The other night at a party a friend half my age sat down by me, and when I asked how he was, he said, “I’m living the good life.” An unusual response from a man the age of my children, so I asked him what he meant. “My family and I have our health. We have roof over our heads, a pretty nice roof, and we have more to eat than we ever possibly could. And my wife and I have good careers.” I agreed with him: the good life.
I have long been aware that by his standards I too live the good life, but I’ve often taken the thought further in my mind. Why am I living this blessed life when people are losing their homes to horrendous wildfires? When people in Syria are dying, caught between warring armies? When people in Africa are starving to death? Did I go through those trials in a previous existence and work my way up to the good life? I don’t exactly believe that the Lord chooses some of us to live in almost luxurious comfort while other endure endless privation and hardship. Sometimes it makes me feel more than a little guilty, and it spurs me on to give—what I can financially and in service and goods. But none of us can ever do enough. The thought is in the foreground of my thinking as we prepare for yet another family Christmas.
I certainly was living the good life today. Went to a breakfast potluck for the Book Ladies, a group I’ve belonged to for at least thirty years. Usually we meet once a month at the Old Neighborhood Grill, but today we were invited to a member’s home. We had our meal in a wonderful solarium that was festively decorated for the season, and we dined on wonderful dishes—green chile egg casserole, cheese grits, a cake, sausages, fruit—and we had a book exchange, one of those were you could “steal” a book someone had already chosen.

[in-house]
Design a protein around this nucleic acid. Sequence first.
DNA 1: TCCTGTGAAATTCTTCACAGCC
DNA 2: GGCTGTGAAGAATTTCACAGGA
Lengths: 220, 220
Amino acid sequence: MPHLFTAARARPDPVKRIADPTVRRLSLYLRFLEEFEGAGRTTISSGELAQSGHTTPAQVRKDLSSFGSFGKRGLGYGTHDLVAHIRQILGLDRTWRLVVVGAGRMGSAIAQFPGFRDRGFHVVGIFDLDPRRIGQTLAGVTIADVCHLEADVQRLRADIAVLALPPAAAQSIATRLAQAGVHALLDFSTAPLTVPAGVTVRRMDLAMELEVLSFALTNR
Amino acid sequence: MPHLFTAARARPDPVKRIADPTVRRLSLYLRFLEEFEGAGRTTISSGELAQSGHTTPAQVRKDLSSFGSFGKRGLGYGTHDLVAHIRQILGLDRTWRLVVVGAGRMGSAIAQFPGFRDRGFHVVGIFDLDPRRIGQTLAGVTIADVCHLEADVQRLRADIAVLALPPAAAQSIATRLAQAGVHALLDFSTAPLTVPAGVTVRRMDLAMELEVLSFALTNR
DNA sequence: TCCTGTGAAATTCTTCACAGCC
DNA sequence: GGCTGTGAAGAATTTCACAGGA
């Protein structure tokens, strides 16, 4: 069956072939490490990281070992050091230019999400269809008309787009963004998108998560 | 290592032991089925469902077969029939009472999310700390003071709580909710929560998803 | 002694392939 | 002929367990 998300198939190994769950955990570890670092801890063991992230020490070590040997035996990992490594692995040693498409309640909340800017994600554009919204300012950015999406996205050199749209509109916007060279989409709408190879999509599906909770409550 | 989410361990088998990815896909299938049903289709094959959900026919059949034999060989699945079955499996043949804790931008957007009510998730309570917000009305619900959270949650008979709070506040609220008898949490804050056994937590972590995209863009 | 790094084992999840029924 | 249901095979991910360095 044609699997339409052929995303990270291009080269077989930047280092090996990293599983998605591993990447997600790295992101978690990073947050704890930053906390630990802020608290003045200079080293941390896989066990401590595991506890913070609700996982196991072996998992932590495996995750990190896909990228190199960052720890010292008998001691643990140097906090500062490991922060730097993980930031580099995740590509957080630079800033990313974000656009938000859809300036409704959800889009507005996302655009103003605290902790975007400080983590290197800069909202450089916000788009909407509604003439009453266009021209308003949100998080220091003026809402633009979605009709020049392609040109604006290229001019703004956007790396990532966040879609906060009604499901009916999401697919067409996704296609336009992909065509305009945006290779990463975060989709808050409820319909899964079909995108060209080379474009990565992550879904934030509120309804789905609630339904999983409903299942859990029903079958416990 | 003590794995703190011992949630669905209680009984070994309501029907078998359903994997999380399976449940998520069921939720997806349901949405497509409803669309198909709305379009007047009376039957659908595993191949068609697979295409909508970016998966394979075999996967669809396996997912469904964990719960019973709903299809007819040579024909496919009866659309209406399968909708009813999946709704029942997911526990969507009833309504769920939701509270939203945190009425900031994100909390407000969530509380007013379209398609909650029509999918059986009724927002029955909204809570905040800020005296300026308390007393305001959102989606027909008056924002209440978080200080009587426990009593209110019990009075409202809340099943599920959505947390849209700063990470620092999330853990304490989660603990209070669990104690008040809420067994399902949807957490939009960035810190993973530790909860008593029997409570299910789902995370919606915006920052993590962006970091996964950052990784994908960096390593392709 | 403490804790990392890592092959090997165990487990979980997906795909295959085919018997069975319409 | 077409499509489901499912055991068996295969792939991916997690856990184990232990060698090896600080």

I went from that wonder almost directly to a Christmas luncheon with two friends. We went to Rise, the restaurant new to Fort Worth but known in North Dallas for its souffles (and for being a favorite of George and Laura Bush). The Fort Worth incarnation is almost a carbon copy of the Dallas restaurant and, I suspect, the one in Houston—heavy, ornate wooden doors, a massive centerpiece that tables are gathered around, and glassed-in porches (quieter and my choice for a meal).
Ordering soufflé leaves you lots of time to talk while the souffles cook. The menu says, “You may wait on your soufflé, but your soufflé won’t wait on you.” Betty and I had creamed spinach soufflé, while Jean had a southwestern chicken. We split a sweet raspberry soufflé for dessert—two sweet for me, and too much soufflé in one meal. But we had a wonderful time.
I came home besotted and sluggish—a nap cured me, but I resolved for the umpteenth time to eat modestly over the holidays.